We’ve been home from our international adventure for two weeks now, and my post-vacation fever is long gone, but my mellow yellow phase seems to be hanging on. I don’t quite feel like myself, although I feel like I should by now. I’ve been dabbling in yoga and walking the dog, and Jelly and I have been PALSing around, yet when I’m at home, I am crashing.
I don’t want to admit that I’m still unwell. I tell myself my symptoms are all in my head. Maybe jet lag is hanging on. Maybe I’m depressed because our trip is over. Maybe I’m overexerting myself during the day. My blood test results were almost back to normal, so I don’t have reason to feel so crummy. But I do feel crummy. I can’t seem to make it through the day, and sometimes not even through the morning, without a nap.
Yesterday, for example, I took the dog to the dog park so she could eat sticks (why else do dogs go to the park?), I came home briefly, whereupon J. and I headed to the grocery store. We were home by 11 a.m. and I felt like I’d been up for hours. As I sat down to script my Monday post, I couldn’t keep my eyes open. Before I knew it, I was talking to the couch.
Annie: Hi Couch.
Couch: Hi Annie. Short time no see.
Annie: Ha ha. Hey Couch, I was wondering, would you mind if I lay down for a bit?
Couch: I was actually hoping for a little alone time today. You’re seeming a little needy lately. How about talking to Bed instead?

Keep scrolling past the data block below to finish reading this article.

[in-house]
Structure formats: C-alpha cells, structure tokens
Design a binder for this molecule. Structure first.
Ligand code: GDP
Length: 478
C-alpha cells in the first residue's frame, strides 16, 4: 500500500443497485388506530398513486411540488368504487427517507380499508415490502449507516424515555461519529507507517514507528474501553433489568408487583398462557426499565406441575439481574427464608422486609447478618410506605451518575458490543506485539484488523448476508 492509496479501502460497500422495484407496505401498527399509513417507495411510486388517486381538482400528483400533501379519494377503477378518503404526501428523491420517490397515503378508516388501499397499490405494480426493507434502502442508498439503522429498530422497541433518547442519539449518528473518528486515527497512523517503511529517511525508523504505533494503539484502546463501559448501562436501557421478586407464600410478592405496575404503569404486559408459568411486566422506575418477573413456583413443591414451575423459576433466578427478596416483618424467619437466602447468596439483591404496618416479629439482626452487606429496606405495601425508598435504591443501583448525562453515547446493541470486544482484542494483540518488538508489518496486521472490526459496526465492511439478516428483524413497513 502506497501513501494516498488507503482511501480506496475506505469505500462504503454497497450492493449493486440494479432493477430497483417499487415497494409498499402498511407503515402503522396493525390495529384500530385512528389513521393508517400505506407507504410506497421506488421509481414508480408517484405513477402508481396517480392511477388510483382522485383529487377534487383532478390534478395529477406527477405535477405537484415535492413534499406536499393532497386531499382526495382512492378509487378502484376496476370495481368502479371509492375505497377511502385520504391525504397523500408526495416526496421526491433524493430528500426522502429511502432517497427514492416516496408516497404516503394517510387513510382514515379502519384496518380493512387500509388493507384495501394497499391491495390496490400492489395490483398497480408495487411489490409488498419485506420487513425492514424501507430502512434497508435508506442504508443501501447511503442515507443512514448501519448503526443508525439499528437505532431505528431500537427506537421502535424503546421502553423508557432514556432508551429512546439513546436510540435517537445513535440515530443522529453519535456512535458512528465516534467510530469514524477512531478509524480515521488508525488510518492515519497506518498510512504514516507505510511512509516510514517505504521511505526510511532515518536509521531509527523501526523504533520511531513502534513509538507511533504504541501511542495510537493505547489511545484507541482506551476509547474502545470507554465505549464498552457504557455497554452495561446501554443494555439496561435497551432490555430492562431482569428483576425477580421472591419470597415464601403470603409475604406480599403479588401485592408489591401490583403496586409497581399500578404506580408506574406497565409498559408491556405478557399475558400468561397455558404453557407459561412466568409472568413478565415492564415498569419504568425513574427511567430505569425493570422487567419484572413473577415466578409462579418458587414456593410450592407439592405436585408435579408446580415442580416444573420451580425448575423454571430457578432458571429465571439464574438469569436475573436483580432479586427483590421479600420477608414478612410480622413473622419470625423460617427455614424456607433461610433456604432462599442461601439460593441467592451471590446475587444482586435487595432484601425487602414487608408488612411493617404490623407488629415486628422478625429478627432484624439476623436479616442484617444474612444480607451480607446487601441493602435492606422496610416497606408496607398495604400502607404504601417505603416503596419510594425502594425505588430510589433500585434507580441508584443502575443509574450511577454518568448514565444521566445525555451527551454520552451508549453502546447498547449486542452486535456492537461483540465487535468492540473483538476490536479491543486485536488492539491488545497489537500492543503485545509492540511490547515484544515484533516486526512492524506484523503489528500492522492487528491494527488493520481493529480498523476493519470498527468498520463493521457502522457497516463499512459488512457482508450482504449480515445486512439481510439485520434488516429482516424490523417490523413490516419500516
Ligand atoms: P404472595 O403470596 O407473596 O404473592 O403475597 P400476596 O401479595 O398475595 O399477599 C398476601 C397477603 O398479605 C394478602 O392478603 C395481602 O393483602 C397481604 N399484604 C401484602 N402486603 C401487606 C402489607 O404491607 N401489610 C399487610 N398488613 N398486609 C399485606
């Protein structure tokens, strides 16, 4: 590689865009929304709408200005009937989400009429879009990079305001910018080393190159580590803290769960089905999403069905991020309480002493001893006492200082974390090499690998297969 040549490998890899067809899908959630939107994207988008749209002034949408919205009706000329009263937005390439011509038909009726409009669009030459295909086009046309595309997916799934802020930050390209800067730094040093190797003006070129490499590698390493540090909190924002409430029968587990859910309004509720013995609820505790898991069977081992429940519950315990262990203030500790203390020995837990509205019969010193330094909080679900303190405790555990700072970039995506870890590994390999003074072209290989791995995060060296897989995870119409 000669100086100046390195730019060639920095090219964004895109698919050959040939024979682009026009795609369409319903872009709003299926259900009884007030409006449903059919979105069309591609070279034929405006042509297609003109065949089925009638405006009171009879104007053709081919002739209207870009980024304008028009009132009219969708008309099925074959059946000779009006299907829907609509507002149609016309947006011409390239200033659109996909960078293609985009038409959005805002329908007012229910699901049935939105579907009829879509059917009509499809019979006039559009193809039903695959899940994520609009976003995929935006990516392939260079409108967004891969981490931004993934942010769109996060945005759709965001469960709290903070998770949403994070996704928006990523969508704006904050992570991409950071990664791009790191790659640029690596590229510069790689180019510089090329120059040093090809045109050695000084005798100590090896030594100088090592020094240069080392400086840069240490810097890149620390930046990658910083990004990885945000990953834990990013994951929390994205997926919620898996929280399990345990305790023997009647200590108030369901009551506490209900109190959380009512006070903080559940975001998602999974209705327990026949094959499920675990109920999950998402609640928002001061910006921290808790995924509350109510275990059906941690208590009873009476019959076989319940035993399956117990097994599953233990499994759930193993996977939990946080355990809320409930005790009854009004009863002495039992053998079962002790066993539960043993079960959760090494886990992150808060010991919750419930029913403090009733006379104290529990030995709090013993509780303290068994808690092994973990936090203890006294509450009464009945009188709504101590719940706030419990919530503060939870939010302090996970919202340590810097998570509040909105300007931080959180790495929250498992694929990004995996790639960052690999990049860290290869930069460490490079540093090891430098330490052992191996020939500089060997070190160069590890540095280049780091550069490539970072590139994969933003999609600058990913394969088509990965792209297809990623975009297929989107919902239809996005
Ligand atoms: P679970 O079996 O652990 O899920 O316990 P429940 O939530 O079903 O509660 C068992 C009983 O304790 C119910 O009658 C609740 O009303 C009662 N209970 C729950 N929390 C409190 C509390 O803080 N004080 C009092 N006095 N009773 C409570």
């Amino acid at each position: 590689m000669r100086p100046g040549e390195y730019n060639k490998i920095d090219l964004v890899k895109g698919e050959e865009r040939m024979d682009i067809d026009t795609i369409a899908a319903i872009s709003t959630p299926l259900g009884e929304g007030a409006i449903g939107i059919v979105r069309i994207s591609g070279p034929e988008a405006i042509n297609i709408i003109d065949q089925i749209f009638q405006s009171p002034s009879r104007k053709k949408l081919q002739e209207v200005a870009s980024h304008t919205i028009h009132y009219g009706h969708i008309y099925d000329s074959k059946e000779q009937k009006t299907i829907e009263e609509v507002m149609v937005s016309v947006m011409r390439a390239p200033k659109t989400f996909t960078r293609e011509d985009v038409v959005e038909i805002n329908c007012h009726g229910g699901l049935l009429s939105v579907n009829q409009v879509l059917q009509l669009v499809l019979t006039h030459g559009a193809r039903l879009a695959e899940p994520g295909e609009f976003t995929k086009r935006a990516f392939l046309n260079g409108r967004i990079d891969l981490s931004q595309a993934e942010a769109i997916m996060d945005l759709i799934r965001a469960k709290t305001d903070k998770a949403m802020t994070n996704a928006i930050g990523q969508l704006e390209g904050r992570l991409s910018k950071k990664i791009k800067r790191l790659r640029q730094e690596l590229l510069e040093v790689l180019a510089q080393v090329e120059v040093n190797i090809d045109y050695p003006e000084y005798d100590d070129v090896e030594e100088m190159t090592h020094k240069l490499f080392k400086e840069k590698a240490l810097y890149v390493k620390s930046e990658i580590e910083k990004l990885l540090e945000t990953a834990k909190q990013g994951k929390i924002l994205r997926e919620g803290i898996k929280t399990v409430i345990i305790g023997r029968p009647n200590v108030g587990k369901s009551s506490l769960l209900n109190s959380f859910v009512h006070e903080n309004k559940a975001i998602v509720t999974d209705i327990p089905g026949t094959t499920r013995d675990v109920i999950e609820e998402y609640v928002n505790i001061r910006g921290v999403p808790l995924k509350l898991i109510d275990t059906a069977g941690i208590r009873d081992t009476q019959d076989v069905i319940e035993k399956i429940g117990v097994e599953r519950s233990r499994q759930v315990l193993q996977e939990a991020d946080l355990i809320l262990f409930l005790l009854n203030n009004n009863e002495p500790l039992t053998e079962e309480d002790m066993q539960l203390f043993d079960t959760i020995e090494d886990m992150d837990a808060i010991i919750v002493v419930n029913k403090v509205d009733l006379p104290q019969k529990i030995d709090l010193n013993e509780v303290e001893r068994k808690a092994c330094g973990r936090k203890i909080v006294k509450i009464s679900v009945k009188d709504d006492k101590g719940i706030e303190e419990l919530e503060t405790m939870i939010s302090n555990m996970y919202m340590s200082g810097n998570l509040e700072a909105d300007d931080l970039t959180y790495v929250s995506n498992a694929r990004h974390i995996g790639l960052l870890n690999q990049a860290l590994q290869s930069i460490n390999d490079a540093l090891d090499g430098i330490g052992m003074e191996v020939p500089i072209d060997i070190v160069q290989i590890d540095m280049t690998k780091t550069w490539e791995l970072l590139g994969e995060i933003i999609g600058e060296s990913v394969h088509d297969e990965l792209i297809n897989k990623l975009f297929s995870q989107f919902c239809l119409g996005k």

Annie: Are you crazy, Couch? If I go to Bed, I’ll have to admit that I’m still sick. Bed is where sick people nap. I’m not sick.
Couch: All right, but could you take the other end today? My right side is stiff from all this laying about.
Annie lays down on the other end of the couch. Within minutes, she is out cold, completely missing who said yes to what dress. About an hour later, she is awoken by the pitter patter of poorly trimmed dog nails.
Jelly: [Licking Annie’s face, which is at perfect Basset height] Hey mom, whassup?
Annie: [Firmly] Back to your bed, Jelly.
Jelly: [Whining] But mom….
Annie: TO YOUR BED!
Jelly sighs and then briefly returns her bed, whereupon Annie promptly falls back to sleep. Within minutes, Jelly is back up and pacing.
Jelly: [Urgently] Mom, pretty pretty please, could you take me out? I really have to go. I’m gonna have an accident. Please mom!
Annie: Jelly, sometimes it’s not all about you.
And so Annie dragged herself off the couch, put on her coat, and took the dog out to piddle. So much for the nap. And Couch was relieved to finally have some alone time.
As you have probably gleaned from this story, I’m not quite myself yet, even though I expected to be back to my normal by now. When exhaustion is my sole symptom, I struggle to accept that I am sick. Would I be more kind to myself if I had a cold? Maybe not. My denial runs deep.